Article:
(Reviewed September 21, 2018)
An amusing but slight adaptation of a Nick Hornby novel which can laugh at its characters without precluding the possibility that they may laugh at themselves
Won't You Be My Neighbor?
(Reviewed September 20, 2018)
Did Mr Rogers’s extraordinary capacity for love end up producing a generation of haters?
(Reviewed March 6, 2018)
A delightful and not entirely politically correct movie about growing up as a Catholic schoolgirl in 2002-2003
Three Billboards Outside Ebbing, Missouri
(Reviewed February 22, 2018)
An occasionally amusing parable of guilt and forgiveness whose setting in small-town America, like the prejudices of its author, does it no favors
Apart from the name of the publication, its volume number, date and price, the only words on the front cover of the current number of the London Review of Books are these: “Adam Shatz: America Explodes.” You would think that, if true, this would be pretty big news around the world, and yet this little niche publication three thousand miles away from the alleged explosion appears to have got the story exclusively. Nobody else noticed. Nor has anybody else noticed the absurd hype to which this otherwise respectable scholarly publication has descended in telling the story of the demonstrations (“mostly peaceful,” as the media keep reassuring us) that have followed the death of George Floyd in Minneapolis on May 25th.
I couldn’t help noticing the parallel with a headline in yesterday’s Independent, another U.K. publication, though no longer a printed one. “Jessie Ware: ‘We are living a dystopian nightmare’” Jessie Ware, in case you were wondering, is a British pop star who, to judge from the sub-head, is most famous for a song called “Say You Love Me” and a podcast called “Table Manners” which “has won her millions of listeners.” You’ll be excited to hear that she also has a new album out which the Indy judges is “a dazzling return to form.” In the article, “she talks to Kate Hutchinson about her mum Lennie, Black Lives Matter, being an ‘underdog’ and believing in herself” — as well, of course, as the “dystopian nightmare” she, along with the unspecified “we” of the headline, claims to be living in.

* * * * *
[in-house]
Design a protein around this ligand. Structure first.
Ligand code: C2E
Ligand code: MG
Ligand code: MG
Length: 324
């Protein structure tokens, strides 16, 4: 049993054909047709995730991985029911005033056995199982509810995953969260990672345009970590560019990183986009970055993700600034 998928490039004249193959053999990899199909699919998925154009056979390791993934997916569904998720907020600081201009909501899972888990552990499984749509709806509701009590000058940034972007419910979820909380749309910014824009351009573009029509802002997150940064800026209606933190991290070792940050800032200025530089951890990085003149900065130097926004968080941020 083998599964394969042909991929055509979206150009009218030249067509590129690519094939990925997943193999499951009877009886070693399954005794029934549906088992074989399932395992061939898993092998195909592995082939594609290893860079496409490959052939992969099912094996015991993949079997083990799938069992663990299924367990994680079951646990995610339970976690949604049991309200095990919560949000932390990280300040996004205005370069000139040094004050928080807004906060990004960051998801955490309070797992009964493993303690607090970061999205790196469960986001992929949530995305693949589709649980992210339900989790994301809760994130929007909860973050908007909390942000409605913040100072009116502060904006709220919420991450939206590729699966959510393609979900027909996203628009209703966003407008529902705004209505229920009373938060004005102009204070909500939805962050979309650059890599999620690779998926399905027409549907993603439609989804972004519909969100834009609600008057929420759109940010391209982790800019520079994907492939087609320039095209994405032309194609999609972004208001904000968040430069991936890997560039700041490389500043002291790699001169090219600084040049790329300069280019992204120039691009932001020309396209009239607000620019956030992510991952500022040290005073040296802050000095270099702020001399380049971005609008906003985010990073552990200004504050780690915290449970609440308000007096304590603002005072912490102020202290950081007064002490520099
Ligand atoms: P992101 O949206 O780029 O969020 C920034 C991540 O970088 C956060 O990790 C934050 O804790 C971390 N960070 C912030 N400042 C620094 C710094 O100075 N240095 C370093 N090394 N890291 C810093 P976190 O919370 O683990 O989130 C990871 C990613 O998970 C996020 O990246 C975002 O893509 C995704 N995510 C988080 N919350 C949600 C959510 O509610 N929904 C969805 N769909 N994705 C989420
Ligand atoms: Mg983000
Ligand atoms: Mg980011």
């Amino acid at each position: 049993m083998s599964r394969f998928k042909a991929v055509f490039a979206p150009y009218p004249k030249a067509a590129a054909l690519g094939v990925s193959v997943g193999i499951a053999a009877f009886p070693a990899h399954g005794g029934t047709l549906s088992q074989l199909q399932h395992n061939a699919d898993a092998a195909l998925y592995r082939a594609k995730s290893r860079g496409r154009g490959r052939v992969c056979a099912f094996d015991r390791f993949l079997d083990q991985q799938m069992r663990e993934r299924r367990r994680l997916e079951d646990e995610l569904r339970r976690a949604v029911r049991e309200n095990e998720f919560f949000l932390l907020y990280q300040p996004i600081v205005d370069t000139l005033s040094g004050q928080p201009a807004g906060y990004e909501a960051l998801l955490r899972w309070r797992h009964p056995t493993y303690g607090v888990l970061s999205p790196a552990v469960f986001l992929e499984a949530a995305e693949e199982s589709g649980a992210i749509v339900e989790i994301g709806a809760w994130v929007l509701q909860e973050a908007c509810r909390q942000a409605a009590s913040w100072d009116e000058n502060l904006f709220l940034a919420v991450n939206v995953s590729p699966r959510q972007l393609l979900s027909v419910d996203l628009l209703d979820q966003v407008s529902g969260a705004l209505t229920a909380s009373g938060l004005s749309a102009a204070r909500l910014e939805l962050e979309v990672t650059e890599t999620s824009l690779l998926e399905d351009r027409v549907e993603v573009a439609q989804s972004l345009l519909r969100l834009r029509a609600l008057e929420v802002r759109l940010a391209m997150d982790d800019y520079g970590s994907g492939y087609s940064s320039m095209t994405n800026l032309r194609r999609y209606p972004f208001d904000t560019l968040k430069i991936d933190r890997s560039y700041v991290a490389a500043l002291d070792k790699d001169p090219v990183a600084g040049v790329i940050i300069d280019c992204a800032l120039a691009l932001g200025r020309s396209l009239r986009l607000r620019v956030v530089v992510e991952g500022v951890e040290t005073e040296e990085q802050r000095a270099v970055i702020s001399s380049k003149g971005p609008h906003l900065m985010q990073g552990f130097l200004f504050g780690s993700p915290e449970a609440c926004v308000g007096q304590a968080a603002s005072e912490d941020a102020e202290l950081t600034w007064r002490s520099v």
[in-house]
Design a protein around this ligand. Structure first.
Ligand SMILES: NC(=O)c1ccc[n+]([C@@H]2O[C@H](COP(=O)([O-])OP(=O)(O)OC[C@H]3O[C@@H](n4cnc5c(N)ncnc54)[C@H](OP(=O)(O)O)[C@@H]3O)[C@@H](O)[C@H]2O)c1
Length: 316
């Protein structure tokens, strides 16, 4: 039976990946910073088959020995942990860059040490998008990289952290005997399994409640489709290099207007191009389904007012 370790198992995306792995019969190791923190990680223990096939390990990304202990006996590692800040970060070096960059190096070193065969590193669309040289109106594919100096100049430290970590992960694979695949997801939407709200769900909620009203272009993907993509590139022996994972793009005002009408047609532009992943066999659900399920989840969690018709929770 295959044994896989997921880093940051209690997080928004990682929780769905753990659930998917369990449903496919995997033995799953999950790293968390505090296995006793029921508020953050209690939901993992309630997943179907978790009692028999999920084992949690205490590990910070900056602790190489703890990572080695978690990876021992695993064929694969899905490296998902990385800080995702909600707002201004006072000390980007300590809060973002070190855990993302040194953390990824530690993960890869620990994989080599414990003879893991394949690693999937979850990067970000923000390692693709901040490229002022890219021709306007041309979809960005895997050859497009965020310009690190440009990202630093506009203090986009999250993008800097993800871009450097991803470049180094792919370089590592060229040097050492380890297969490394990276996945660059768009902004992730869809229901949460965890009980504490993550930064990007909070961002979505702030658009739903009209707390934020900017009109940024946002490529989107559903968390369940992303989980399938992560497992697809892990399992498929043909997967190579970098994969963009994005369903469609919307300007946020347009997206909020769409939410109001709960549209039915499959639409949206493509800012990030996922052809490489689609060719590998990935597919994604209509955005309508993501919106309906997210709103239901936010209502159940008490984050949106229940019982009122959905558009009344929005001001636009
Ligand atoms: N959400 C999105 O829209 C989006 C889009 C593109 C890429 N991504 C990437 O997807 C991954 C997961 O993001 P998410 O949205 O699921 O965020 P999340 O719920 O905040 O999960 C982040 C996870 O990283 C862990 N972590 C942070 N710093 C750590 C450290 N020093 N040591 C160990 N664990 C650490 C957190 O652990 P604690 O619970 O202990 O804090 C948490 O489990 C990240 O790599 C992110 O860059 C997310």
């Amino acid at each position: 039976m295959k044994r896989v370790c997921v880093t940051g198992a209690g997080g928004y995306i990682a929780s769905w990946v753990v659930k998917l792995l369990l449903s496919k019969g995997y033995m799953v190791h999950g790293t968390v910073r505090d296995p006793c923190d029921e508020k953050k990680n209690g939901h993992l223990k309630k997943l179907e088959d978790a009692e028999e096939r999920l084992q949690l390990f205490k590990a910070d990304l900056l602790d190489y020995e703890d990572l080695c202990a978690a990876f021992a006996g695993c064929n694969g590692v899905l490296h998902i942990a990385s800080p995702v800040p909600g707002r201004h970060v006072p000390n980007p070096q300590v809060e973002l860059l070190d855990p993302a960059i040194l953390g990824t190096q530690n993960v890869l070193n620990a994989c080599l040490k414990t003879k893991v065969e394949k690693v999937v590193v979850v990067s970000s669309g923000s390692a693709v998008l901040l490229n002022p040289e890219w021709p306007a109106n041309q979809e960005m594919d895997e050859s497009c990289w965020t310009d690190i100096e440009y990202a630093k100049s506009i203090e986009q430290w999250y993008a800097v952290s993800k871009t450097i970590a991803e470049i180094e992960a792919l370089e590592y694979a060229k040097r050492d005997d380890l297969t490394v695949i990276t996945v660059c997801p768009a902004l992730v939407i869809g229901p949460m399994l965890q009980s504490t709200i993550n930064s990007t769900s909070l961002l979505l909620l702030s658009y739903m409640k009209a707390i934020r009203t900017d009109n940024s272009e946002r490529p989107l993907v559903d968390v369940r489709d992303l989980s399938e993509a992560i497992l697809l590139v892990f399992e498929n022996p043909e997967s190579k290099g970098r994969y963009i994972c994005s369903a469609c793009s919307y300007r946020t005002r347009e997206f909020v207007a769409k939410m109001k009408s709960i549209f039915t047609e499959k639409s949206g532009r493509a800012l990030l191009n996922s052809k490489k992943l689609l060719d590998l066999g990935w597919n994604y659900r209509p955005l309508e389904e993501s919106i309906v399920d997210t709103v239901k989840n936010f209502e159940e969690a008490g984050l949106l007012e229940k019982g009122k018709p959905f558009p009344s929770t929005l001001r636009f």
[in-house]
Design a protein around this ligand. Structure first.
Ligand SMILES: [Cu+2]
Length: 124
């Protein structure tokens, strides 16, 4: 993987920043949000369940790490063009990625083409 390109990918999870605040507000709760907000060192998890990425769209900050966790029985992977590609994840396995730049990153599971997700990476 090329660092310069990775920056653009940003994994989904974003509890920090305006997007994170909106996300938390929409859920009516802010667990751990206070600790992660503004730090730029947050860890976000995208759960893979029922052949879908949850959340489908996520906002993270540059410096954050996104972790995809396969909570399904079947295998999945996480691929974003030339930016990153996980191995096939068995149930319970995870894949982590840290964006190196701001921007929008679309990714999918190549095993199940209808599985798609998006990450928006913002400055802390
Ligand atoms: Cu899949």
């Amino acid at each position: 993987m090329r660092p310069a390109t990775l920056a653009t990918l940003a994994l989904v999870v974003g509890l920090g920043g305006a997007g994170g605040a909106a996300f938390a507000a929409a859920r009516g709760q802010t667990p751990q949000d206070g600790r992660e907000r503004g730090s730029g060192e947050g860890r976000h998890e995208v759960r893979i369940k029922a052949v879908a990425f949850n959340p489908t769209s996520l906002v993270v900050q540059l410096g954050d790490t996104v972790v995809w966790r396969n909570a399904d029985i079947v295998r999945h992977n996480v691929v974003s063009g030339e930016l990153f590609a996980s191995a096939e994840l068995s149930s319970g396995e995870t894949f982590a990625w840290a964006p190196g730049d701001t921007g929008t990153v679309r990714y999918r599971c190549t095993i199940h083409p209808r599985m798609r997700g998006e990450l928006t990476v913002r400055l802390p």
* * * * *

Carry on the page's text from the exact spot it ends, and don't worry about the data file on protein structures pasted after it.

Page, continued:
Nobody at The Independent appears to have noticed that, if it takes a celebrity puff-piece to inform us that we are living in a dystopian nightmare, we can hardly be living in a dystopian nightmare — any more than it would have required Adam Schatz to bring us the news that “America Explodes” in a small-circulation British fortnightly if America had really exploded. But the readers of both publications must be used to making allowances for the fact that they and their favorite pundits and pop stars are living in a fantasy world of their own — a world of monstrous evils and grinding oppression — which has nothing to do with the workaday world of pedestrian joys and sorrows that most of us live in.
ENTRY from June 23, 2020
Before there was Howard Kurtz’s Media Madness, there was mine — now, alas, out of print but still available while supplies last for the cost of shipping and handling. Send $5.99 to me in care of the Ethics and Public Policy Center, 1730 M Street, Suite 910, Washington, D.C. 20036
Also available, now in paperback and Kindle version, is Honor, A History, which was first published in 2006. A study of Western cultural artifacts, from the epics of Homer to the movies and TV shows of today, it is focused on explaining why Western ideas of honor developed so differently from those elsewhere — and especially from the savage honor cultures of the Islamic world. The book then goes on to trace the collapse and ultimate rejection of the old Western honor culture from World War I until the present day and to suggest the conditions that would have to prevail for its revival.
Experts in spate.
May 31, 2020.
Experts can never be wrong for, if they were wrong, they wouldn’t be experts. They would be Donald Trump. — From The New Criterion of May, 2020 ...
April 30, 2020.
Imagine the media’s frustration: they keep canceling President Trump, but he just won’t stay canceled — From The New Criterion of April, 2020 ...
March 31, 2020.
Like Humpty-Dumpty, we now use words to mean just what we want them to mean — From The New Criterion of March, 2020 ...